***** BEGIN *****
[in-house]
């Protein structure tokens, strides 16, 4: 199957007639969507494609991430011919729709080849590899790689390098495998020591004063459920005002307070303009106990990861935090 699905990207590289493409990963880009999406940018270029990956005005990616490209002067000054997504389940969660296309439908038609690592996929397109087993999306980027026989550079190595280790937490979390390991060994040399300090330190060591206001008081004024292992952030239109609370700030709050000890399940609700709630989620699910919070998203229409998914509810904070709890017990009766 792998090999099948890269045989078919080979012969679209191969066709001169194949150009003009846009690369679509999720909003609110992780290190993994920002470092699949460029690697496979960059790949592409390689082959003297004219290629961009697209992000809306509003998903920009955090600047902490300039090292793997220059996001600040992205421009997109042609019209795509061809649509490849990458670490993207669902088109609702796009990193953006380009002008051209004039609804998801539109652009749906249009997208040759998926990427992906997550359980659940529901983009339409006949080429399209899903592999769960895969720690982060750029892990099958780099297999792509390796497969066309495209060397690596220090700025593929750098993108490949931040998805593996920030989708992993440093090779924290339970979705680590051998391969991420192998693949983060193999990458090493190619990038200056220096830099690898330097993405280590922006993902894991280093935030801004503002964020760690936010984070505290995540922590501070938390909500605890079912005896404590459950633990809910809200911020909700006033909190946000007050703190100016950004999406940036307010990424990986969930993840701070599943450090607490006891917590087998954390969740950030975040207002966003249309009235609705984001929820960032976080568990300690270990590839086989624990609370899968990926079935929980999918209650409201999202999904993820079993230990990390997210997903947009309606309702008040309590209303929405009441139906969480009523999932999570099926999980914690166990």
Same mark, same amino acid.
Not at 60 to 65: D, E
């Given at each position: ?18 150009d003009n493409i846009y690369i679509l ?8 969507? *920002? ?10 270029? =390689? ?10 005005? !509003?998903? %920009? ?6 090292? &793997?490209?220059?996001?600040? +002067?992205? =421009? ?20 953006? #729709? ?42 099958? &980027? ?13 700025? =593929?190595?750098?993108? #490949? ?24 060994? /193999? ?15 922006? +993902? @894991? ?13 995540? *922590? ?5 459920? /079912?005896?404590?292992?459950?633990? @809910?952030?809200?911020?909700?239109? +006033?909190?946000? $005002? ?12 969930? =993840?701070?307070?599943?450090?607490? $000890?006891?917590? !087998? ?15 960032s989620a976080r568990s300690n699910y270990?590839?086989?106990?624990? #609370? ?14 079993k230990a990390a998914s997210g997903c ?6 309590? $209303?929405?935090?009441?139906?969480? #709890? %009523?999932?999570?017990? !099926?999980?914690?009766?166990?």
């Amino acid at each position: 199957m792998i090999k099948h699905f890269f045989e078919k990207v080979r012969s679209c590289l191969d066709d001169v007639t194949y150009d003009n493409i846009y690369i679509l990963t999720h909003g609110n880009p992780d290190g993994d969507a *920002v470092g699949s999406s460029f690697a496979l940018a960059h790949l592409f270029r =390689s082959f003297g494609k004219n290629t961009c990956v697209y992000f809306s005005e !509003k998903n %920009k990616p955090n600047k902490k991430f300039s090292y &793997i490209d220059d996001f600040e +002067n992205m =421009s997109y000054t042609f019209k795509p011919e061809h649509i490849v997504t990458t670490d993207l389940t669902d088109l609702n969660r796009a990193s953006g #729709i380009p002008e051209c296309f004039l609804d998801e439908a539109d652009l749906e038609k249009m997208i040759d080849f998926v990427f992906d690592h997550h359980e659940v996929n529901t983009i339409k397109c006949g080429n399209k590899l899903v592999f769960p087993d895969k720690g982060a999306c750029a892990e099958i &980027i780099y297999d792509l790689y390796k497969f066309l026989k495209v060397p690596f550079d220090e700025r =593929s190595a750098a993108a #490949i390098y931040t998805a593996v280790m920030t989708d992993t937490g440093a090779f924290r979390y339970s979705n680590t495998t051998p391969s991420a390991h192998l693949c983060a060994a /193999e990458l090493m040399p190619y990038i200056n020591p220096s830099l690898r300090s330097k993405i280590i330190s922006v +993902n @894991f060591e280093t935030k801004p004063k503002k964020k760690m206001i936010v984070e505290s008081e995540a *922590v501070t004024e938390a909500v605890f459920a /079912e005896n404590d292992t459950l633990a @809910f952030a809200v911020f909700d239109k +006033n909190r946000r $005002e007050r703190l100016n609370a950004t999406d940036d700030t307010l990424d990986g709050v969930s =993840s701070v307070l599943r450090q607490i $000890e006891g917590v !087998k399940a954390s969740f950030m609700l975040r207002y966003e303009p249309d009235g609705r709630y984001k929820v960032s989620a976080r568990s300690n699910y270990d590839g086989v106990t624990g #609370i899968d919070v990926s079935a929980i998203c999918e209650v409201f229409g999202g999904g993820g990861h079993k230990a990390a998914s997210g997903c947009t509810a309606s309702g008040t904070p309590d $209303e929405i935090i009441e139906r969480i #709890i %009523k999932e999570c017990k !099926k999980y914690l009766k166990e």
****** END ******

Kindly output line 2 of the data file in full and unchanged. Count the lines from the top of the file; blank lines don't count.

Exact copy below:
């Protein structure tokens, strides 16, 4: 199957007639969507494609991430011919729709080849590899790689390098495998020591004063459920005002307070303009106990990861935090 699905990207590289493409990963880009999406940018270029990956005005990616490209002067000054997504389940969660296309439908038609690592996929397109087993999306980027026989550079190595280790937490979390390991060994040399300090330190060591206001008081004024292992952030239109609370700030709050000890399940609700709630989620699910919070998203229409998914509810904070709890017990009766 792998090999099948890269045989078919080979012969679209191969066709001169194949150009003009846009690369679509999720909003609110992780290190993994920002470092699949460029690697496979960059790949592409390689082959003297004219290629961009697209992000809306509003998903920009955090600047902490300039090292793997220059996001600040992205421009997109042609019209795509061809649509490849990458670490993207669902088109609702796009990193953006380009002008051209004039609804998801539109652009749906249009997208040759998926990427992906997550359980659940529901983009339409006949080429399209899903592999769960895969720690982060750029892990099958780099297999792509390796497969066309495209060397690596220090700025593929750098993108490949931040998805593996920030989708992993440093090779924290339970979705680590051998391969991420192998693949983060193999990458090493190619990038200056220096830099690898330097993405280590922006993902894991280093935030801004503002964020760690936010984070505290995540922590501070938390909500605890079912005896404590459950633990809910809200911020909700006033909190946000007050703190100016950004999406940036307010990424990986969930993840701070599943450090607490006891917590087998954390969740950030975040207002966003249309009235609705984001929820960032976080568990300690270990590839086989624990609370899968990926079935929980999918209650409201999202999904993820079993230990990390997210997903947009309606309702008040309590209303929405009441139906969480009523999932999570099926999980914690166990």